Institutional and workplace violence must end | Guest View

Nov 20, 2017
Krishna Richardson-Daniels

On Thursday, Oct. 26, two African-Americans in Edmonds were painfully reminded of the challenges we continue to face. The “noose incident” symbolizes a deplorable act of depravity and trepidation, a symbol of extreme violence towards African-Americans.

African-Americans and other people of color are increasingly alarmed when notions of racial superiority are masked within the construction industry and used to inspire and organize hatred, sexism and bigotry. We do not condone and will not tolerate this kind of discrimination and harassment. The institutional racism and other forms of workplace harassment must cease.

After learning about this incident, a number of graduates from YouthBuild, Seattle Vocational Institute and other pre-apprenticeship programs reached out and expressed similar acts of hatred and discrimination at their workplace. This type of behavior is present in the construction industry, union and nonunion alike.

This institutional racism has been present for decades, and continues to prevail today. My hope is that with the new “priority hire” legislation, which creates pathways to construction-related careers for women and people of color in Seattle and King County, city officials and construction industry partners will make clear, public statements that any and all acts of hatred, discrimination, sexism, bullying, hazing and bigotry will not be tolerated.

We should be equally committed to and responsible for preventing hatred at any workplace.

Action to date

As a next step in response to the incident, a meeting was called on Nov. 9. Seattle Vocational Institute PACT staff, the executive dean, the victims involved in the hate crime, Urban League and James Bible Law Group met with the owner of Triad Development, and the president and vice president of Goldman Real Estate and Investment.

The purpose of this meeting was to hear, first-hand, the hearts of the victims and their truths; inquire about steps the owner and developers have taken since hearing about the incident; identify recommendations Triad and Goldman Real Estate and Investment are taking to ensure justice is served; and determine next steps on how to move forward.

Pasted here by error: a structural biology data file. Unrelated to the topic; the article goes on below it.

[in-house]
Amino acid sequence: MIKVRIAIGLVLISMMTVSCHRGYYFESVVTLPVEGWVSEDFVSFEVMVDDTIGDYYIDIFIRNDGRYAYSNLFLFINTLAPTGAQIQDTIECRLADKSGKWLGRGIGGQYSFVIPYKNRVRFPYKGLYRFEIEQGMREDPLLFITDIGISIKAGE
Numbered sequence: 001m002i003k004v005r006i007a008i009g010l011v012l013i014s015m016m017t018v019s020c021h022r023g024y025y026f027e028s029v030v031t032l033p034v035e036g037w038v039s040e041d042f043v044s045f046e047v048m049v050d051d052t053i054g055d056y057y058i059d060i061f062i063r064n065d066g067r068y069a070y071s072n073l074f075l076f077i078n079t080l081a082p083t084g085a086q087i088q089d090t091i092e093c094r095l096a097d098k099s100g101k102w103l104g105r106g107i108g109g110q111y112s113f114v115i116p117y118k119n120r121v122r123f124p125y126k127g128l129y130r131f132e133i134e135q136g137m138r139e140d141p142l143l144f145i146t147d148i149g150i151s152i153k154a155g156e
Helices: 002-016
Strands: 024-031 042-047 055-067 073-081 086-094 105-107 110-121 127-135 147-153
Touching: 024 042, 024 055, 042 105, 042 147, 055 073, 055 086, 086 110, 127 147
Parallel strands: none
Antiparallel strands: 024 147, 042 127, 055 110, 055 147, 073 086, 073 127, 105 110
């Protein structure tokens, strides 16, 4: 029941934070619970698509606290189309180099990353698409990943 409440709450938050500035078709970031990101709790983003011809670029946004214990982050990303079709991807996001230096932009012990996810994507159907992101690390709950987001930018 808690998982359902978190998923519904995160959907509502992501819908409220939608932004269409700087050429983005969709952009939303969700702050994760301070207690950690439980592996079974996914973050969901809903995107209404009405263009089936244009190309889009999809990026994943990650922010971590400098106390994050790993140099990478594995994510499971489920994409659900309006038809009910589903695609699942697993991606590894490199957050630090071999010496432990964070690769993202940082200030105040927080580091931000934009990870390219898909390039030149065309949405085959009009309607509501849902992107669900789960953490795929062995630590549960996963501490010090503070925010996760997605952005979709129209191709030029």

At current, no decisions were made. This is a sensitive matter and this topic of discussion will take time to unravel. A follow-up meeting has been scheduled. We will continue to keep you informed as the investigation emerges.

Request for solidarity and respect

As the SVI-PACT program and training director, my goal will always be to protect our students and have their best interest at all times. I have kept quiet as stories evolved, as the media misquotes information and as individuals begin to develop their own ideas and plan of action.

I have learned a lot from this incident – about partnerships, about statements being made that don’t represent the victims, their lives and livelihood, as well as how to better mobilize as a united front. I am frustrated and uncomfortable knowing that information was spread about this incident without all of the facts and firsthand knowledge.

Information that is transmitted can impact the victim(s) greatly, in a negative manner and we must always take into consideration the sensitivity of the subject. In addition, the messages that were sent by others regarding who should lead the charge and who should be responsible for connecting all parties involved was very patronizing and demoralizing.

It undermines SVI’s leadership and ability to communicate information effectively, and put the victims at risk. I ask that in the future, we refrain from being reactive, and instead focus on how we can best support the parties involved side by side. I also ask that we respect leaders most directly connected to incidents like these and communicate with them first before taking action.

Thank you to all who have reached out to me, the recruitment, outreach and retention specialist, Pastor Lawrence Willis and the executive dean Maureen Shadair, on how to best support us through this adversity. Your patience and timely presence has been most beneficial.

To all of our partners in the industry, thank you for taking a stance with us – we appreciate your continued support, provisions and guidance.

In the interim, I hope we can begin to have uncomfortable conversations about how to best support women and people of color in the construction trades industry; to create diversity and inclusion plans that aren’t just related to taking a training and checking a box, but to hold one another accountable, and empowering people to voice wrongful acts of hatred and intolerance.

I hope we can strengthen the industry, at its core, to ensure we are a unified group who stand together, protect one another and fight against this repulsive, hateful behavior. We may and must speak with one voice in this matter today and moving forward.

Krishna Richardson-Daniels is with the Pre-Apprenticeship Construction Training (PACT) Program, Seattle Vocational Institute.

 

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